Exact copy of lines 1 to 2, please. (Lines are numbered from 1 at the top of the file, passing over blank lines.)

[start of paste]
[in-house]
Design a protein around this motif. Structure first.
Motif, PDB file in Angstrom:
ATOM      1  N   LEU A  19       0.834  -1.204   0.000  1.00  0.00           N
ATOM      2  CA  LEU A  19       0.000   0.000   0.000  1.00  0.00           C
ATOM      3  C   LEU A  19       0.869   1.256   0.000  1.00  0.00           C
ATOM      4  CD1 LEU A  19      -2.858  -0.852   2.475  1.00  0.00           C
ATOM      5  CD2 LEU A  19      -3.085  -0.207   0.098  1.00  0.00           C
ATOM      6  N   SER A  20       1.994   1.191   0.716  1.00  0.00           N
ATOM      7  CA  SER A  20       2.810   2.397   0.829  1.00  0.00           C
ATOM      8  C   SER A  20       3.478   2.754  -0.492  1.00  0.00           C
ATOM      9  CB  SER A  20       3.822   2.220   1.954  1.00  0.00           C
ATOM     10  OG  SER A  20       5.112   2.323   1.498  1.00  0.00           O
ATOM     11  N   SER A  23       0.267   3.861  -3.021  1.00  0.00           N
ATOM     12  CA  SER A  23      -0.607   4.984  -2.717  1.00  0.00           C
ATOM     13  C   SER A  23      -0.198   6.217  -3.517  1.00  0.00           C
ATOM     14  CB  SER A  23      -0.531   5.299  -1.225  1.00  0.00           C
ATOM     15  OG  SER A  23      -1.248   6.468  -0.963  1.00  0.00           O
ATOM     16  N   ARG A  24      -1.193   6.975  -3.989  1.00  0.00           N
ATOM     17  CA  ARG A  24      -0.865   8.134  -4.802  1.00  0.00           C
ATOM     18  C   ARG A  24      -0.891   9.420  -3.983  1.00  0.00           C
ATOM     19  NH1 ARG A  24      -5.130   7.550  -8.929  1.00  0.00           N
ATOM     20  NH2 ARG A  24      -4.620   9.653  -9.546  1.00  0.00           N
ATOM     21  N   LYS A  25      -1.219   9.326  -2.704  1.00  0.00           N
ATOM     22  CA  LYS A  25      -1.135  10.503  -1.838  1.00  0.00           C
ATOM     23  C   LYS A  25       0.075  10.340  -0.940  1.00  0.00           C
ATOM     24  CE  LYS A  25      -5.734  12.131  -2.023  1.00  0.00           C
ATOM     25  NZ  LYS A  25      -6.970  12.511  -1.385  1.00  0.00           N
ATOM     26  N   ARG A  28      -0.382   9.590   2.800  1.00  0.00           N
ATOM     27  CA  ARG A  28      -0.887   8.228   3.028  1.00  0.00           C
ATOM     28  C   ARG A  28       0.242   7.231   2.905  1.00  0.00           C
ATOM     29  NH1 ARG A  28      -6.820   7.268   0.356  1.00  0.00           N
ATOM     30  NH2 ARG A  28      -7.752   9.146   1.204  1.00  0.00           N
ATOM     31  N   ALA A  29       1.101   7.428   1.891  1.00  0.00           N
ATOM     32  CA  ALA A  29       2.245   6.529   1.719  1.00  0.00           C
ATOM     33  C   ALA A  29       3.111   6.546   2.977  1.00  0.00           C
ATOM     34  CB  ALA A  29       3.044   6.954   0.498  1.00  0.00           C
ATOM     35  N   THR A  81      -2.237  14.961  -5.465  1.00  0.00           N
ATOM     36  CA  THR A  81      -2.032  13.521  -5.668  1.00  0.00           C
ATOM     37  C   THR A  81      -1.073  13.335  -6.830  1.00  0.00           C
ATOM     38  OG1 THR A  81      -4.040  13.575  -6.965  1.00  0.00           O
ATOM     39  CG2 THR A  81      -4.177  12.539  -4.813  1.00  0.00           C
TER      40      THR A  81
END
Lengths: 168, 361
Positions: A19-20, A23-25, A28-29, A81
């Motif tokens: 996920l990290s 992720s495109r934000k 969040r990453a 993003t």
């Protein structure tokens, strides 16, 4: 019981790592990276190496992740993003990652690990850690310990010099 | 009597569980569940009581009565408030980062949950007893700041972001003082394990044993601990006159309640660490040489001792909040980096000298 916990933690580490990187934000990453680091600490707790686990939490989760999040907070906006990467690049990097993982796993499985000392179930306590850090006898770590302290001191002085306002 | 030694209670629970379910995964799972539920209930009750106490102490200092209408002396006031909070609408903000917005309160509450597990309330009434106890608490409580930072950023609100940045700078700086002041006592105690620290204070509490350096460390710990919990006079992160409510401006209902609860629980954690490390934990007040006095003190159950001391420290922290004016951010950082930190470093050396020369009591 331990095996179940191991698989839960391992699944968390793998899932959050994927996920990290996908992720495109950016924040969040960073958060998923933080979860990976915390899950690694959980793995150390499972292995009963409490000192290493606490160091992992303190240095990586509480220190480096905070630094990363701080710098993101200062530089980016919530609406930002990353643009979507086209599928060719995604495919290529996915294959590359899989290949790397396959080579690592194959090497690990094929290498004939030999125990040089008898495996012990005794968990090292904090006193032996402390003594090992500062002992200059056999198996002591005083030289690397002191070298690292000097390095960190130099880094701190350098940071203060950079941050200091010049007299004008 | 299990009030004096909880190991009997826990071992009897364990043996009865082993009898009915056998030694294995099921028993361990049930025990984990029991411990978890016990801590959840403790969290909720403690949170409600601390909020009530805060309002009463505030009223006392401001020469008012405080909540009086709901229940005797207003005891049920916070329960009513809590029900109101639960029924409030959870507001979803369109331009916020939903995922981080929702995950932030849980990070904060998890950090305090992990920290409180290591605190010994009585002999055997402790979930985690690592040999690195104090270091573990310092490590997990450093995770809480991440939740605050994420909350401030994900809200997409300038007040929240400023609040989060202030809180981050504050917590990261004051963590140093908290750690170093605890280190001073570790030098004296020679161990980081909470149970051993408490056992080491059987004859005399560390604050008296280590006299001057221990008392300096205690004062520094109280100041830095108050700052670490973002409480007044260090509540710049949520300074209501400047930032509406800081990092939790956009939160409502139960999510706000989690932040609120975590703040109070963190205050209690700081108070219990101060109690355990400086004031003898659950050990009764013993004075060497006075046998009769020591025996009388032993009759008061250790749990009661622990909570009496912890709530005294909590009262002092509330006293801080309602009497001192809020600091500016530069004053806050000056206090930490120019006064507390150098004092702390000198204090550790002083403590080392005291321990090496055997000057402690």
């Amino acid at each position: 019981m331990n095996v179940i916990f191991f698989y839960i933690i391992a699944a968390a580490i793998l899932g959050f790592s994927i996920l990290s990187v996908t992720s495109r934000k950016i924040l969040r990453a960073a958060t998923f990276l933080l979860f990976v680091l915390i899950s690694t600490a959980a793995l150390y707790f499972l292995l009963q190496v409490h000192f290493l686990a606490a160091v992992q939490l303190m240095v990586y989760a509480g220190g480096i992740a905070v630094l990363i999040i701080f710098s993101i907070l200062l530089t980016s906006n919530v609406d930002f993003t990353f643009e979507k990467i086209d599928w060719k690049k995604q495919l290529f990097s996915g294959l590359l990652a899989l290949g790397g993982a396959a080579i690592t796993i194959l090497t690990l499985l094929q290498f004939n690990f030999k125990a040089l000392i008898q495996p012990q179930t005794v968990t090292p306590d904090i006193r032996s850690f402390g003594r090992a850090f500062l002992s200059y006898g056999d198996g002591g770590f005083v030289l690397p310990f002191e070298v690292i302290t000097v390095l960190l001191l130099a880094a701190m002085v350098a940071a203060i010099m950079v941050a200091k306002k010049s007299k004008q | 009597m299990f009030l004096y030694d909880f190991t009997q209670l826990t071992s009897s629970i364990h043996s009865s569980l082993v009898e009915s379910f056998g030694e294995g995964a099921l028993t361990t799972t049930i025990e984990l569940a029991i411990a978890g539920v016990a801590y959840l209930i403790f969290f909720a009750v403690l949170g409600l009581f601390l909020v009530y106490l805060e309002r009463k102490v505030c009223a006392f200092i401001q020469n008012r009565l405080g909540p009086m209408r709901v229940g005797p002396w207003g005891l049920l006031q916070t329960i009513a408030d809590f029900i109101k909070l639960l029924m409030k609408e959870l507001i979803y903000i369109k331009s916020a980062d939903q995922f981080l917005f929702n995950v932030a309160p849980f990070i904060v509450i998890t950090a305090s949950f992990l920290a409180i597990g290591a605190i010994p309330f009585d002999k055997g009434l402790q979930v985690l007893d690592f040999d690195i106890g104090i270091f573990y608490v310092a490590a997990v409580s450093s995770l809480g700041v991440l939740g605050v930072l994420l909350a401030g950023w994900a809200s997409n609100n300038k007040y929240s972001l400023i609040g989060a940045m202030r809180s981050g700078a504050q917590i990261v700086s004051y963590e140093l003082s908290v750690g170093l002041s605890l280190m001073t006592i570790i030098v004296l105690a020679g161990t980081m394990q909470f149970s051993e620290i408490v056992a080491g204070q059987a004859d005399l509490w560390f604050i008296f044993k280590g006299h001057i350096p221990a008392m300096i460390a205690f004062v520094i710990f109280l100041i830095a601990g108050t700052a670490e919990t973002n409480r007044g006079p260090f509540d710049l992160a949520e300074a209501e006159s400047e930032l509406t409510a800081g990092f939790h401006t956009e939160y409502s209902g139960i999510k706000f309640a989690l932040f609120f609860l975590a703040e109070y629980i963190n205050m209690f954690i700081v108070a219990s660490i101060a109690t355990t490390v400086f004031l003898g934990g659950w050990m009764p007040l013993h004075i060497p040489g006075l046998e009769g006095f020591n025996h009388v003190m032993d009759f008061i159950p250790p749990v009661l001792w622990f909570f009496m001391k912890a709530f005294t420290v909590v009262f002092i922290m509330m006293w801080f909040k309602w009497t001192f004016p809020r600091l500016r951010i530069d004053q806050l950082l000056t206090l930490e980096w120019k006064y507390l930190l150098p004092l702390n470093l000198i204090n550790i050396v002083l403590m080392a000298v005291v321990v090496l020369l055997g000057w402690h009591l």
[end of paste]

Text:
[in-house]
Design a protein around this motif. Structure first.